Atomic-force microscopy (AFM)15–17 and micropipette aspiration18,19 are the gold standard for performing mechanical measurements on cells. These methods provide controlled loading conditions (for example, stress relaxation and creep indentation) and quantify such cellular properties as elastic modulus and cortical tension. They are, however, burdened by slow throughput, capable of analyzing only just a few cells per hour7,20, although recent adaptations of both methods have demonstrated higher throughput via more efficient analysis21,22. Likewise, optical tweezers23,24 and microplate rheometery25—two other well-established methods to measure cellular mechanical properties—also suffer from low throughput. Given these drawbacks, a number of microfluidic platforms have consequently been developed, including hydrodynamic stretching cytometry26–28, suspended microchannel resonators (SMR)29, and real-time deformability cytometry (RT-DC)30, to name only a few. Each of these methods, through optical imaging or measuring changes in resonant frequencies, can analyze populations of cells in a relatively short time (for example, 2000–65 000 cells per for hydrodynamic stretching cytometry26–28, 30 cells per s for SMR29, and 100 cells per s for RT-DC30). To identify specific cell types, these methods most often focus on correlating cell size or mass with a specific mechanical property. For example, hydrodynamic stretching cytometry and RT-DC compare cellular deformability with cell size, and SMR determines the transit time of cells through a narrow channel with respect to cell mass. Populations of cells are complex with respect to the continua of cell states that are represented within, and as such, multiple biophysical parameters are necessary to deconvolve and identify complex cellular mixtures. Recently, Masaeli et al.31 and Lin et al.31,32 have reported using deformability cytometry to measure multiple parameters, such as cell size, morphology, and relaxation rate, while cells undergo deformation. In so doing, they were able to identify different cellular states associated with pluripotent and neural stem-cell differentiation, respectively. While this achievement emphasizes the need for measuring multiple biophysical parameters to identify specific cell types, Masaeli et al.31 and Lin et al.31,32 focus on defining cellular phenotypes only while cells undergo deformation. Since overall recovery of a cell once released from deformation plays significant roles in cellular migration processes such as cancer metastasis33 and in providing a protective mechanism of cells against mechanical damage34–36, it is imperative for mechano-phenotyping platforms to have a temporal window sufficient enough to analyze the recovery that a cell undergoes after deformation.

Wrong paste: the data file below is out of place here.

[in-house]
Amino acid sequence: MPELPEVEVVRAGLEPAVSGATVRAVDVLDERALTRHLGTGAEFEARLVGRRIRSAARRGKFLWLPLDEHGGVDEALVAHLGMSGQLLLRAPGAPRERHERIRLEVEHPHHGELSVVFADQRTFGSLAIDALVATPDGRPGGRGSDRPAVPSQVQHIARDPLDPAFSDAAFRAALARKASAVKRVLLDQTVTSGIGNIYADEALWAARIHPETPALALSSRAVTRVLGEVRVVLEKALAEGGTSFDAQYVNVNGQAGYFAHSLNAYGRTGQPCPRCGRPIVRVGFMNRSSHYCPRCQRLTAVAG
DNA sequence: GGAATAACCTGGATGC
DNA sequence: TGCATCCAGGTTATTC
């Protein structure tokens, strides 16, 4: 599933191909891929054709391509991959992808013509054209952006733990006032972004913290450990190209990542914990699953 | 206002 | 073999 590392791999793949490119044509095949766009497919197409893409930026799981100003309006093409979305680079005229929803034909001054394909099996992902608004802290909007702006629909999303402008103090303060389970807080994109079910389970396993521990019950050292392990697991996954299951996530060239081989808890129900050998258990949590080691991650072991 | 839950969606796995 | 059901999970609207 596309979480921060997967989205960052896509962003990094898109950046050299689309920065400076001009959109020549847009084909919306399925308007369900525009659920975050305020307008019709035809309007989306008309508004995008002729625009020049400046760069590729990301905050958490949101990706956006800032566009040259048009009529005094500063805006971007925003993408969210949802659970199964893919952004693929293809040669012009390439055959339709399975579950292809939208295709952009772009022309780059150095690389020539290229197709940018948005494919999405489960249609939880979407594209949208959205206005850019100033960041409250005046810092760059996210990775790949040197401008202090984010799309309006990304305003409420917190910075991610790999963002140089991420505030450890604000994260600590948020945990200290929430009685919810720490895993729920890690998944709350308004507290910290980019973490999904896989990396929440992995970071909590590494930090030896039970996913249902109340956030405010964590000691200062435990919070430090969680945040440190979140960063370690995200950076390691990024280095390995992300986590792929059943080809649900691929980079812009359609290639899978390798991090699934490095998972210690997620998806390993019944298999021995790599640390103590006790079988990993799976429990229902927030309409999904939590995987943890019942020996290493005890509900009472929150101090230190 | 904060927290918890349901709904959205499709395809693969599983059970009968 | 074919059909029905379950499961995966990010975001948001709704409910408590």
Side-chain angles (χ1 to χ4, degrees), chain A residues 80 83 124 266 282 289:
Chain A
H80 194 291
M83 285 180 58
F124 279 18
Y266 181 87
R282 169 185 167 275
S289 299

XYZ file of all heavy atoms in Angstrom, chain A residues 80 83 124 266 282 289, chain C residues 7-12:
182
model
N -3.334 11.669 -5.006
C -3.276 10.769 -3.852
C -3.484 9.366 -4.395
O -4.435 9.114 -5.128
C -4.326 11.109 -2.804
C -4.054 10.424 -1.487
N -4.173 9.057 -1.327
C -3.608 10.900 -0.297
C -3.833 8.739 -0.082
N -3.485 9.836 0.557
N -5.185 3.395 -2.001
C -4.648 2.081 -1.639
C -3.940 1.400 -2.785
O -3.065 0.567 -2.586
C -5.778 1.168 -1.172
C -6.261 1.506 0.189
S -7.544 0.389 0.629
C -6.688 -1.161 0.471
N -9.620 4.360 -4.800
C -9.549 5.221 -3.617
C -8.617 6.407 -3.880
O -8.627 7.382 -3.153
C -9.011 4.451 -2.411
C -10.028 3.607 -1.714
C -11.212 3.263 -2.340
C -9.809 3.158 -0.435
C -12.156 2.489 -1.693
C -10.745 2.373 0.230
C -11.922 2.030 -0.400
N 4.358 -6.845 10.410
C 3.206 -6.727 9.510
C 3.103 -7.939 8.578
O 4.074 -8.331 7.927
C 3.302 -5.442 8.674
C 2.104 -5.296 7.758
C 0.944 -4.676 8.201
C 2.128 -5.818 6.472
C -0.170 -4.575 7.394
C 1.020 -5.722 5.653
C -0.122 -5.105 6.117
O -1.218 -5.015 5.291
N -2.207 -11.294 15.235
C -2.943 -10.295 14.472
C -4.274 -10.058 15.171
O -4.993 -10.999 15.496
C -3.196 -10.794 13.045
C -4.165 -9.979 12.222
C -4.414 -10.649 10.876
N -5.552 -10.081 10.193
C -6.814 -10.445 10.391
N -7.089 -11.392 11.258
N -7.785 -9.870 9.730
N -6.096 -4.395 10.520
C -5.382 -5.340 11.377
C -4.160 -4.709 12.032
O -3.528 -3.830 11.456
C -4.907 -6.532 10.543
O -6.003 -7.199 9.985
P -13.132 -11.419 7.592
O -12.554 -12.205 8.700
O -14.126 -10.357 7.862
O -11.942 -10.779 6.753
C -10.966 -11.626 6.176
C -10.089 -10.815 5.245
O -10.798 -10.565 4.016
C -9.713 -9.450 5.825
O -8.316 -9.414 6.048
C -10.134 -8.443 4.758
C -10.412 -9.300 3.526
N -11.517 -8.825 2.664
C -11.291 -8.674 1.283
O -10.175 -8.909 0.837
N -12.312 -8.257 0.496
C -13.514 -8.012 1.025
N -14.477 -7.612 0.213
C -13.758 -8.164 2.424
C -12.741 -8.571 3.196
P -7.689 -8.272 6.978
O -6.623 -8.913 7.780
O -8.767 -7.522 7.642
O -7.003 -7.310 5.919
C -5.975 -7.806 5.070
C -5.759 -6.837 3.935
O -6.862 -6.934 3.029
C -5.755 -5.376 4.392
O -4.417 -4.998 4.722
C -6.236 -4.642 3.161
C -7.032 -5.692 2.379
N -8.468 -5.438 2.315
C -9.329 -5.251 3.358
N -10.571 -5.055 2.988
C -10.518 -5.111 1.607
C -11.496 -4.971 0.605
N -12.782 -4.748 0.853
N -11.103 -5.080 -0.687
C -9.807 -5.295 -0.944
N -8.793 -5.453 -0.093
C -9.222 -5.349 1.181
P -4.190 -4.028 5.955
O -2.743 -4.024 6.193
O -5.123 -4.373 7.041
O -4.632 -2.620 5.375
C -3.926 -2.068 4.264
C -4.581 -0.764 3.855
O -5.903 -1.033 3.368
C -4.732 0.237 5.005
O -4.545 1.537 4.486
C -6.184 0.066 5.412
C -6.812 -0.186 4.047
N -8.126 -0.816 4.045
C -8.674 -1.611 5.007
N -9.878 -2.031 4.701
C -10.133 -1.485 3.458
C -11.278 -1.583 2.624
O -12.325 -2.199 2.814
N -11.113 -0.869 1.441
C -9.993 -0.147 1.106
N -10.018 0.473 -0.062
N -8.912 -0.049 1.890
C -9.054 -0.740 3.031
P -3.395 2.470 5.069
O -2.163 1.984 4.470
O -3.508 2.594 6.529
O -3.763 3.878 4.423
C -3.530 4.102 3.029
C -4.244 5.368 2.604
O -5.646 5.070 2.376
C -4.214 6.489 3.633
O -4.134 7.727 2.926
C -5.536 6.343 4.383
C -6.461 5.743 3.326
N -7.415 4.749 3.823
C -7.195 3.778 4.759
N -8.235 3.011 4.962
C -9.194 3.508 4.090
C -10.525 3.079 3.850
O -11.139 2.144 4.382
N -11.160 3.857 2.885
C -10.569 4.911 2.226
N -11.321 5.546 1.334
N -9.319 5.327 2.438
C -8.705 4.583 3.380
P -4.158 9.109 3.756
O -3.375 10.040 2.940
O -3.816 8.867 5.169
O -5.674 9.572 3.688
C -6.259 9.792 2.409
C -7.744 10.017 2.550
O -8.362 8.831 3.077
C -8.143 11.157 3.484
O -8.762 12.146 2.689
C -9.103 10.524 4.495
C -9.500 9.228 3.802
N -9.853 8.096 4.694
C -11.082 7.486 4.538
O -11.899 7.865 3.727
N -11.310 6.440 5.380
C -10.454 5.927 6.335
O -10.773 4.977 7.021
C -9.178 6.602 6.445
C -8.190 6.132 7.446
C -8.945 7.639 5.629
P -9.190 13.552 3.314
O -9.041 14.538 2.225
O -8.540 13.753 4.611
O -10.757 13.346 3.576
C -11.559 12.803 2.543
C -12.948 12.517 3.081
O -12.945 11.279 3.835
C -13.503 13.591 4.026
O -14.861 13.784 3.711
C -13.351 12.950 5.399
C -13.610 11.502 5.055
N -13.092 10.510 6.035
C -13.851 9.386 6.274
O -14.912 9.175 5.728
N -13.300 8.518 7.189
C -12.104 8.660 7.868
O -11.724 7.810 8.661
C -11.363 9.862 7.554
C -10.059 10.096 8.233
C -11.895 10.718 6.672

Here, we describe a novel microfluidic platform called ‘mechano-Node-Pore Sensing’ (mechano-NPS). Mechano-NPS involves integrating a node-pore sensor37,38 with a contraction channel and performing a four-terminal measurement of the current across the integrated microfluidic channel to quantify four biophysical properties of a single cell, simultaneously: diameter, resistance to compressive deformation, transverse deformation, and recovery from deformation. This electronic-based method of multi-dimensional mechanical phenotyping provides the means to use these biophysical parameters as label-free biomarkers for identification and differentiation among cell types and, uniquely, to determine the effects of chronological age and malignant progression on cell elasticity and recovery from deformation. Mechano-NPS distinguishes malignant from non-malignant immortal epithelial cells and measures deformability changes in the cytoskeleton. In addition, mechano-NPS can discriminate between sub-lineages and among chronological age groups of primary normal human mammary epithelial cells (HMECs) based solely on their mechanical properties. Mechano-NPS represents an efficient, simple, and direct means to quantify multiple mechanical properties of single cells in heterogeneous populations.
Materials and methods